What Does This Searcher Want?
Every search query starts with a basic word. In this case, let’s go with the word, “hot”. If that was the entire search query, what is the searcher thinking? Maybe about weather. Maybe about the sun. If you sold furnaces or wood-burners, you might think these searches are headed your way.
Ah, now we’re getting closer. Looks like the indoor heating folks have won that bet. But is this enough to fully know the visitor intent? We can make some assumptions, but maybe it’s better to look at more keywords first.
Woah! We were way off. Nothing to do with home heating, or even the weather. This searcher is looking for hot air balloons. Sorry, folks. Thanks for playing, please take your consolation prize and get off the stage! But wait. Are we sure this is what the searcher really intends. Maybe, maybe not. Let’s keep looking.
Huh. Ok, so we’re still in the hot air balloon ballpark, so all you ballooners can rest easy. Your keyword is safe. We now have a searcher that is looking for a hot air balloon ride…and you’re just the one to deliver. Oh, wait, there’s more coming…
Didn’t see that one coming! So, who’s going to be the first to sell these searcher’s a hot air balloon ride? Good luck with that!
So that’s not to say that at any level there are not searchers who mean what they type, especially “hot air balloon” and “hot air balloon pilot”. Both of those phrases are pretty dang viable and good for optimization. The point here is, it’s never a good idea to assume too much too soon, as that can get you in trouble!
Still not convinced? Let’s play again! We’ll do two at a time this time…
Okay, I think you got it.
The intent of the searcher isn’t always what we think. The fewer the words in the query, the less likely you’ll deliver what the searcher intended. That doesn’t mean it’s a bad keyword, but it should give you pause before you optimize for any phrase. Play it out. Think it through. Determine if it’s truly a viable phrase for you before investing in optimization.
Same Phrase – Different Intent
When analyzing the intent behind the keyword, you can’t just look at each as a yes/no. It’s not take it or leave it. Sometimes the answer to the question, “Is this keyword related to my business?” can be both yes and no at the same time.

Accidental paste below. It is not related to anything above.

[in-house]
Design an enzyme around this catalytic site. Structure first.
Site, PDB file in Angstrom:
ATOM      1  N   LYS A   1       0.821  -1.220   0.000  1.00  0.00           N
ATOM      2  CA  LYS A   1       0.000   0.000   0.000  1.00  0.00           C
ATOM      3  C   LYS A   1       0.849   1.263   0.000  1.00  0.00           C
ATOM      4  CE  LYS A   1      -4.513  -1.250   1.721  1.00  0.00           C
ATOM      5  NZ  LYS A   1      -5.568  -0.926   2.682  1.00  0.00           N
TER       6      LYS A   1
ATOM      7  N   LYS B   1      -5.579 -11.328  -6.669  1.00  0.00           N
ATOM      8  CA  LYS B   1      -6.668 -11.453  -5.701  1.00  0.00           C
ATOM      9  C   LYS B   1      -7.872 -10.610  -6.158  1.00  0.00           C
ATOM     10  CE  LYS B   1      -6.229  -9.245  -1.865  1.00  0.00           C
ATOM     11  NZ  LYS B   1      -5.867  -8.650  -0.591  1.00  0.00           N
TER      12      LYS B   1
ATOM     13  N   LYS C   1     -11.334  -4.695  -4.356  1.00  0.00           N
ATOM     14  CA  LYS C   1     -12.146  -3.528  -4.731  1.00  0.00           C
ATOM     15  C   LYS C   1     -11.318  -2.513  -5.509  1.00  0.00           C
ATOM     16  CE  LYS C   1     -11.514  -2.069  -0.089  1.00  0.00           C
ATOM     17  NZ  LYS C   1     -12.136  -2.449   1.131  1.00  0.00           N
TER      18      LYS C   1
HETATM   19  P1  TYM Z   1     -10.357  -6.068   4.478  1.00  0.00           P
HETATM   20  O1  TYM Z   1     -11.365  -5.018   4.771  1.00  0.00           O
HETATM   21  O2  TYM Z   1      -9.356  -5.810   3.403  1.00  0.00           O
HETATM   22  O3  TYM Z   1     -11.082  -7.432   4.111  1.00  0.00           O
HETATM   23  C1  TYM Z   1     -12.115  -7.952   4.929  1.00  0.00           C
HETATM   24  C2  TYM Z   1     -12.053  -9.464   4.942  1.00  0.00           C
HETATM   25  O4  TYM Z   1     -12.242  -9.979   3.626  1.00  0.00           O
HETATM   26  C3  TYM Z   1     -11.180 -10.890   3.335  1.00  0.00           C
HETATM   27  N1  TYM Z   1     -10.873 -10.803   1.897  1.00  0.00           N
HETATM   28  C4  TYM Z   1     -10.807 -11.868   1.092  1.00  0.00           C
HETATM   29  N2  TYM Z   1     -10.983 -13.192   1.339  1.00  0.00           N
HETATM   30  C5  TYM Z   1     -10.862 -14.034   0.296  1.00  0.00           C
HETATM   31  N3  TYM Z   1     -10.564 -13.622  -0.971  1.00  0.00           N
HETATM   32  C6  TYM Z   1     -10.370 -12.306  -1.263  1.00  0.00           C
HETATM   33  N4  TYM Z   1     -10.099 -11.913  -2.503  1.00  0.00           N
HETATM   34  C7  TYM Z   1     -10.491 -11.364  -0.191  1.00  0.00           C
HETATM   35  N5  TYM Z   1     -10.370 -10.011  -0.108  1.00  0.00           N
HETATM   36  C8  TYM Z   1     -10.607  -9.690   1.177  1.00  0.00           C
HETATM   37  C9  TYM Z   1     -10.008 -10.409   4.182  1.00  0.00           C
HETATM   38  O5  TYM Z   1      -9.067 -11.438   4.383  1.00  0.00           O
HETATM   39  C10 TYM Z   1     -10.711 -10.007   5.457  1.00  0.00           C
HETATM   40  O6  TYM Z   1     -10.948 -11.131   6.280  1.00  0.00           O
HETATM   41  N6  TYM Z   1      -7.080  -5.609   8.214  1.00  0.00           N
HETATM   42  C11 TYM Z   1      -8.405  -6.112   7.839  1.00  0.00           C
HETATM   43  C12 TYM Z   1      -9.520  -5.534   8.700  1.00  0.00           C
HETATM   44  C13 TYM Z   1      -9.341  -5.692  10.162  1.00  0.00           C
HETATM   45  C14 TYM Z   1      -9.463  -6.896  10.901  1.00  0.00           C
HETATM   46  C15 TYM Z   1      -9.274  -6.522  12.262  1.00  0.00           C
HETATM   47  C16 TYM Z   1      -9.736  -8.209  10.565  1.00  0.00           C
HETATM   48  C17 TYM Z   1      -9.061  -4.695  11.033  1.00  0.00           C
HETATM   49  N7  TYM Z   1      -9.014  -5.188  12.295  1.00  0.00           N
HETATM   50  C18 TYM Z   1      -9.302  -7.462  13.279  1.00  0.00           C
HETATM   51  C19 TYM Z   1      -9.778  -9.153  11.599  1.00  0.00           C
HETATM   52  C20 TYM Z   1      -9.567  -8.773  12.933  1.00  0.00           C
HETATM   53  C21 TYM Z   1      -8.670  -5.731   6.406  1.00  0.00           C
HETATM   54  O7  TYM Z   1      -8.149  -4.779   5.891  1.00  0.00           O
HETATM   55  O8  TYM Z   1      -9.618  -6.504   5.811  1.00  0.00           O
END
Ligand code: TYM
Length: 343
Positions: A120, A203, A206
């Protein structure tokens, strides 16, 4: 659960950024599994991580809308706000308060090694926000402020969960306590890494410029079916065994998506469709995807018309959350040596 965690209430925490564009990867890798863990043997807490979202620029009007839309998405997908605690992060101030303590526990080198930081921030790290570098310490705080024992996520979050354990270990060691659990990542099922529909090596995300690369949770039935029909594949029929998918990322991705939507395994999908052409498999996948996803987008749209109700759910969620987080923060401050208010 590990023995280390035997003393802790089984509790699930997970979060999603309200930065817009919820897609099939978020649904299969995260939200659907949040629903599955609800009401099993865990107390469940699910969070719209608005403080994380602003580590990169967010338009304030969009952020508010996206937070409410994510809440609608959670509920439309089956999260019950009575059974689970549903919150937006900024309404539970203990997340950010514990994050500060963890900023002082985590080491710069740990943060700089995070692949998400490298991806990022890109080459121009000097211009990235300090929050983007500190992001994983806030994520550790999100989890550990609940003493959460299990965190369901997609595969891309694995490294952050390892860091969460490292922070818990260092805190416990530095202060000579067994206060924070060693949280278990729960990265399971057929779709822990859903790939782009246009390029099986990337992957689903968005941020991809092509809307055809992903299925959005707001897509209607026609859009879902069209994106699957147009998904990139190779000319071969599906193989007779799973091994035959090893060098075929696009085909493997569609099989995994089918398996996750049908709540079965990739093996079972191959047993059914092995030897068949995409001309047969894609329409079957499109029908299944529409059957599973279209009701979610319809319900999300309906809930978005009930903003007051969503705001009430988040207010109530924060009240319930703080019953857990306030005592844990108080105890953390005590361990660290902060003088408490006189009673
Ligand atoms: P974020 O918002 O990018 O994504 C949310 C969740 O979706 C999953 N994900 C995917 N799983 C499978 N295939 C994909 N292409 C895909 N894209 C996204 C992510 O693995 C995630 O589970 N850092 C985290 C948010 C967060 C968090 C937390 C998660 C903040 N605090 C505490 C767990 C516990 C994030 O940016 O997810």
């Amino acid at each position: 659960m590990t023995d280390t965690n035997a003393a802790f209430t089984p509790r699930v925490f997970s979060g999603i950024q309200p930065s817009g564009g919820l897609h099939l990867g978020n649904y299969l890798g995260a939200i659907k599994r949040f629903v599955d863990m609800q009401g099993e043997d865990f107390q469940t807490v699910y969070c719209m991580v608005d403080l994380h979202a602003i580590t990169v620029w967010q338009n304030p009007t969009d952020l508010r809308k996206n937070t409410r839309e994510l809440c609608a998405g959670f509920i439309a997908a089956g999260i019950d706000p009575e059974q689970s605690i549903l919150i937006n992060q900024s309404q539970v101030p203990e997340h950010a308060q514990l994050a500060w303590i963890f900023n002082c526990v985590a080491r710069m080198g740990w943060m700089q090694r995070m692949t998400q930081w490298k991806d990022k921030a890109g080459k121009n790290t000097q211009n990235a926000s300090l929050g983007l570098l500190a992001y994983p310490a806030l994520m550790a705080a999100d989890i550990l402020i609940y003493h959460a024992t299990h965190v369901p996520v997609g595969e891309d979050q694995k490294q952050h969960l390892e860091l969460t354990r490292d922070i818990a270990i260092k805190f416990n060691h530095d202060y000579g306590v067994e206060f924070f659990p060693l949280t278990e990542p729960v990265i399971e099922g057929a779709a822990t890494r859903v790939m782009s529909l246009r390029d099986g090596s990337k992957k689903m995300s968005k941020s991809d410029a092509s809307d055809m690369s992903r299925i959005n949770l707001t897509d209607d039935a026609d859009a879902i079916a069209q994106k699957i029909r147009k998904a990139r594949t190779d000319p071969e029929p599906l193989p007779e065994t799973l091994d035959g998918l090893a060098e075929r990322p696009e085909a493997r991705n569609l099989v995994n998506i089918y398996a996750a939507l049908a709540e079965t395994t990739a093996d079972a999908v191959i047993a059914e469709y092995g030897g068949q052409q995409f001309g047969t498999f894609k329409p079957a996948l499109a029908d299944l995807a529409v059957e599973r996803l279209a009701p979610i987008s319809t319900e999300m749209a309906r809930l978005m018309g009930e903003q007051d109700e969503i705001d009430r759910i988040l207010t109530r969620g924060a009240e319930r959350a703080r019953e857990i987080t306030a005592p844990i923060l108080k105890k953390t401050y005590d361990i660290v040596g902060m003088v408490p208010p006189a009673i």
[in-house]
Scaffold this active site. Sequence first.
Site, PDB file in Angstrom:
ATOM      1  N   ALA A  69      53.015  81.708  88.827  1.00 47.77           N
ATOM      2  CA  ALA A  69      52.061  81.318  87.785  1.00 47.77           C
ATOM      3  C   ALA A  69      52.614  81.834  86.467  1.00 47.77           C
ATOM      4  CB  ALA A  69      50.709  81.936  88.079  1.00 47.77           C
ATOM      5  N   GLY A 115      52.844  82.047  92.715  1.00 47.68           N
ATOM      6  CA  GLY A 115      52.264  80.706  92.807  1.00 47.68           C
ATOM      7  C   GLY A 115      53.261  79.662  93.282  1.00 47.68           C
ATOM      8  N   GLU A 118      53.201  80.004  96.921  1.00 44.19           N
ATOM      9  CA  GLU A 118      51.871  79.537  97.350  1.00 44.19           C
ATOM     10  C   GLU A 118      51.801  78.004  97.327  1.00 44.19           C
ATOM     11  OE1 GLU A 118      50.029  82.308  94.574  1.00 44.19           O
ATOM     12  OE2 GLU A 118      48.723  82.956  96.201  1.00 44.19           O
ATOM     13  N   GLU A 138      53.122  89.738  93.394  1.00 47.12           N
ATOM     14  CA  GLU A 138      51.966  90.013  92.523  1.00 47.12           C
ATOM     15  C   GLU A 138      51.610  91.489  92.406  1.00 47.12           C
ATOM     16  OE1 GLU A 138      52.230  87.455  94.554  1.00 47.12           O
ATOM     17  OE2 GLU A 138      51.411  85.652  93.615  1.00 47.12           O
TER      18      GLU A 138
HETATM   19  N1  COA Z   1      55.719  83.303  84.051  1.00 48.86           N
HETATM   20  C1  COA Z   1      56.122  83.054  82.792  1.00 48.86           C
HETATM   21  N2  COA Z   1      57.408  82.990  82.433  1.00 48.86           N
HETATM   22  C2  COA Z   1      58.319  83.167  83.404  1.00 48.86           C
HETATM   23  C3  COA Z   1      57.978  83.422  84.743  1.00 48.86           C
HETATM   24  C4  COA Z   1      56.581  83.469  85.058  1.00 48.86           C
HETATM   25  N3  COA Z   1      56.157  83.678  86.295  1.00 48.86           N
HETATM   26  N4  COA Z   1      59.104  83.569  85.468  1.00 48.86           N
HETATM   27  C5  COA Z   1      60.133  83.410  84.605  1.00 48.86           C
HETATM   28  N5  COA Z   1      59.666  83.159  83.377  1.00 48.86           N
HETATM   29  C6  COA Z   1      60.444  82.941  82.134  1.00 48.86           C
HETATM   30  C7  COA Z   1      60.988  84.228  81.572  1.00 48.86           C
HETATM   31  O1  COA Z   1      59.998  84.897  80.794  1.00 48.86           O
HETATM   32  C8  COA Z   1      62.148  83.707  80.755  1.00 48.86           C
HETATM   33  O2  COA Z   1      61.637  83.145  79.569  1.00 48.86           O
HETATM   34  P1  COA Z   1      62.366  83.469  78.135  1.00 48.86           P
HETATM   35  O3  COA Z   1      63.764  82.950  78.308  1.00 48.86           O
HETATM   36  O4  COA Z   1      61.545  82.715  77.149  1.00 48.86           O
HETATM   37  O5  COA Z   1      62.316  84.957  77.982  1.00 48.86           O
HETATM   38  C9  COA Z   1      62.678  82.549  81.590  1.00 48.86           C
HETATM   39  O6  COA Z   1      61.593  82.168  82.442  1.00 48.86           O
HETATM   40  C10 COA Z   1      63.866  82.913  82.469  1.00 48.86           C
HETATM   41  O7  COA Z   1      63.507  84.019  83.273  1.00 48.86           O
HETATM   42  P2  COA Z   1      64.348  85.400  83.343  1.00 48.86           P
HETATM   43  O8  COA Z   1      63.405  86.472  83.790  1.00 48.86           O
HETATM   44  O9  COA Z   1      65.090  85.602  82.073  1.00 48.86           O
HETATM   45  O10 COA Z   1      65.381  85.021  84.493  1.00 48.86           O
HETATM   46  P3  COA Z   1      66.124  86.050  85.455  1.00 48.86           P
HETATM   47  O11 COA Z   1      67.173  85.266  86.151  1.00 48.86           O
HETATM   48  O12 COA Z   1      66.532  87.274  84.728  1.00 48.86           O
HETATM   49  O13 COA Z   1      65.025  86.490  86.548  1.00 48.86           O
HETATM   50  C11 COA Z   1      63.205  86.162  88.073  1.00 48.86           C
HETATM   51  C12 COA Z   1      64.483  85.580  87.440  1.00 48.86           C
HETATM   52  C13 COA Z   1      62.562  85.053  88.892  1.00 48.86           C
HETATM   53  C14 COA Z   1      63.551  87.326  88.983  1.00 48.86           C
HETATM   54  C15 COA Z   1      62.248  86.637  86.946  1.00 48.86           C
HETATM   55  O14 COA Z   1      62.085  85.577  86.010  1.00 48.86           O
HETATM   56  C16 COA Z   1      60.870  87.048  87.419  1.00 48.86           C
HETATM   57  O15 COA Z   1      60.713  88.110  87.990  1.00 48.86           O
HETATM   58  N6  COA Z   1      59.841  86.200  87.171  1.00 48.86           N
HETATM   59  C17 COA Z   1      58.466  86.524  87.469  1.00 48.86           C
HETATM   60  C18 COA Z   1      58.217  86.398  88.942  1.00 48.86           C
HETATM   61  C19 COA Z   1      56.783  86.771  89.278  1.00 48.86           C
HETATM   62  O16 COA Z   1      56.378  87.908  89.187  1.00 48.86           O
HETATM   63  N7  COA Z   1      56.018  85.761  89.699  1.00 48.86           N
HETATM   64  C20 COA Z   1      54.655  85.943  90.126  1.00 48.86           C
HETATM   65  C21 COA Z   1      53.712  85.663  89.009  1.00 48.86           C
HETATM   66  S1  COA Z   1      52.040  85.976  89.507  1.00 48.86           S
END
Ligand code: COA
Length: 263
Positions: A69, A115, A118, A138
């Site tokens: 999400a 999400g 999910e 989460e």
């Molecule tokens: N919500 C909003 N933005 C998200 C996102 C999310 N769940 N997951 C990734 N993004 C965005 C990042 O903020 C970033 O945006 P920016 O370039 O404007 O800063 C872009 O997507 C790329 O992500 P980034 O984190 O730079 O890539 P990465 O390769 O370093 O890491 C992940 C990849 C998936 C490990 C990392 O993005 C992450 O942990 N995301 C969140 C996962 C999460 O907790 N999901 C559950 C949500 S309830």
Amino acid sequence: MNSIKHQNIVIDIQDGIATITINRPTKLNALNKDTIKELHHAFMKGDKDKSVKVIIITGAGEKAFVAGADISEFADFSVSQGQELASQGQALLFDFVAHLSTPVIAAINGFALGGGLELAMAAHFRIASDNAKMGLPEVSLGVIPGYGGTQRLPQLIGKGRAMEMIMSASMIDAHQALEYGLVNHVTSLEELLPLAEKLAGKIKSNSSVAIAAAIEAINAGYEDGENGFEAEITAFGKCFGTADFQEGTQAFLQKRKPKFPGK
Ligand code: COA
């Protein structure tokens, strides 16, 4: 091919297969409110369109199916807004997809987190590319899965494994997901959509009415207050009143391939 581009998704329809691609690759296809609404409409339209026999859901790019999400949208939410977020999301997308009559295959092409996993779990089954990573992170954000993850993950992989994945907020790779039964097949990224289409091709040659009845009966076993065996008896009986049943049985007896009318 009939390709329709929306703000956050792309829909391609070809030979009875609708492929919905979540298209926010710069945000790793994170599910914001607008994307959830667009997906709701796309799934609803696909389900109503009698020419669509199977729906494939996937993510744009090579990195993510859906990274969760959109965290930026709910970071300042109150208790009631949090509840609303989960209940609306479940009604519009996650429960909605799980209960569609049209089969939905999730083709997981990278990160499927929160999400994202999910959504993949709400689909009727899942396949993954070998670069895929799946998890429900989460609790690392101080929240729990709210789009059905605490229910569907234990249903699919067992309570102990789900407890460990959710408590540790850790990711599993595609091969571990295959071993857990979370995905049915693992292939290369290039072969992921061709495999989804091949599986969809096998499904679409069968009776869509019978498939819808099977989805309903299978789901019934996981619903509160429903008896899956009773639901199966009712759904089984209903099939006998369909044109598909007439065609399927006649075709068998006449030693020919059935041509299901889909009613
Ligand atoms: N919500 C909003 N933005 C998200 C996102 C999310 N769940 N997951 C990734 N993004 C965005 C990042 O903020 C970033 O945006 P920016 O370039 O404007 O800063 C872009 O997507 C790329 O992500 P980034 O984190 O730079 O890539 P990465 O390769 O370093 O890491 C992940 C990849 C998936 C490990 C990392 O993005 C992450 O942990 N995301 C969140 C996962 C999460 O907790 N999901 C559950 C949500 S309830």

This is one of my favorite slides because it relates to an actual experience I had at my local office supply store. Unfortunately for me, I was unable to find the cordless telephone headset I wanted. Instead all I found was a cordless telephone headset.
Let me rephrase that sentence. Unfortunately for me, I was unable to find the cordless “telephone headset” I wanted. Instead all I found was a “cordless telephone” headset. That’s right, I was looking specifically for a cordless headset for my telephone. But they only had headsets for cordless telephones. If I was searching for this phrase on Google and seen similar results I would have abandoned those keywords and clarified my search to better produce the results I wanted.
This is a great example how one phrase, written the exact same way, can mean something very different from what you think. The question is, how do you determine which is the “right” way to interpret this keyword? Simple. Do a Google search and see what comes up. If all you find is “cordless telephone” headsets, then you may not make much headway optimizing your cordless “telephone headsets” for that particular phrase. At the very least it gives you something to think about.
This gives you a good basis for understanding that the keywords we are looking for in our research aren’t always the keywords we are looking for to bring us success. I’ll go into this further in a follow-up post titled “Lessons in Keyword Stupidity” where I’ll walk through specific types of keywords that you want to avoid as part of your optimization strategy.